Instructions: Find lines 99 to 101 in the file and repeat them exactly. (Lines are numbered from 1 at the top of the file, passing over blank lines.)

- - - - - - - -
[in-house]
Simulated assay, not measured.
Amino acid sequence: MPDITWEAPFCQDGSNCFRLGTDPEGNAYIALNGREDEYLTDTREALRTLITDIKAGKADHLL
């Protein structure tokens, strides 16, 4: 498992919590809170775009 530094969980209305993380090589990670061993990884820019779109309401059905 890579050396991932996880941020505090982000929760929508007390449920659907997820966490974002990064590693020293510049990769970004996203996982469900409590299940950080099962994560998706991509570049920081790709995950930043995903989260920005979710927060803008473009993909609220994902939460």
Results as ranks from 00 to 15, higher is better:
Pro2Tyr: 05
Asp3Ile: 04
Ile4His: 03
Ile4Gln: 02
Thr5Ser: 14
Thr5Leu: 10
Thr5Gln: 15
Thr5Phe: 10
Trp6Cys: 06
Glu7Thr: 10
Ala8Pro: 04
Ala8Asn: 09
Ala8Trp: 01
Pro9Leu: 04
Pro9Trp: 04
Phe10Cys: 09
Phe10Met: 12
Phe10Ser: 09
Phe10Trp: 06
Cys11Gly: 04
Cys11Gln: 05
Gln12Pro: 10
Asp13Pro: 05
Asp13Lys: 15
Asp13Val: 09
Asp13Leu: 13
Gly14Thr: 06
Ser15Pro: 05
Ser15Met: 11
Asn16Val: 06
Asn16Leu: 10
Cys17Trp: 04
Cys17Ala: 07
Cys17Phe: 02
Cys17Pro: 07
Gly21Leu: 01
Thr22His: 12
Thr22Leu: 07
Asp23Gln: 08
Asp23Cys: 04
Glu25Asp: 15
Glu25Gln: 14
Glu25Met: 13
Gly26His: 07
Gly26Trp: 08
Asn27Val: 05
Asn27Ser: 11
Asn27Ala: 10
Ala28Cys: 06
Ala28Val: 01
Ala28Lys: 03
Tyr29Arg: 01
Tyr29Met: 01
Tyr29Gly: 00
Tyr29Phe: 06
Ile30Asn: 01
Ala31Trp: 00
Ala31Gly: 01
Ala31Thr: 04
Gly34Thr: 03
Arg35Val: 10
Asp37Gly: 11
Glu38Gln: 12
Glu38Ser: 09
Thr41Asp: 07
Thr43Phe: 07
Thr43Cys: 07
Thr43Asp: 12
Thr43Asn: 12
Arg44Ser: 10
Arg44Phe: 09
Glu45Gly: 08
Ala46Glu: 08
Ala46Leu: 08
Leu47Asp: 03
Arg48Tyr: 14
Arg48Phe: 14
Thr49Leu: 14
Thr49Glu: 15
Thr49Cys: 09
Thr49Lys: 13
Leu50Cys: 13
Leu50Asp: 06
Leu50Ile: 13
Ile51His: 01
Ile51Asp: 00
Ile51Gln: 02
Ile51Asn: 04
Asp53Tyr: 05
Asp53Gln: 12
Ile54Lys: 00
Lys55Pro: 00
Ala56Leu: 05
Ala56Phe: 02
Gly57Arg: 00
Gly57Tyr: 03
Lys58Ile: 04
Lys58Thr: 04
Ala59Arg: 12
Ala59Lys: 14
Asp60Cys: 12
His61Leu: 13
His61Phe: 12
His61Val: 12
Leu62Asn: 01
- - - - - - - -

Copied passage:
Ala56Phe: 02
Gly57Arg: 00
Gly57Tyr: 03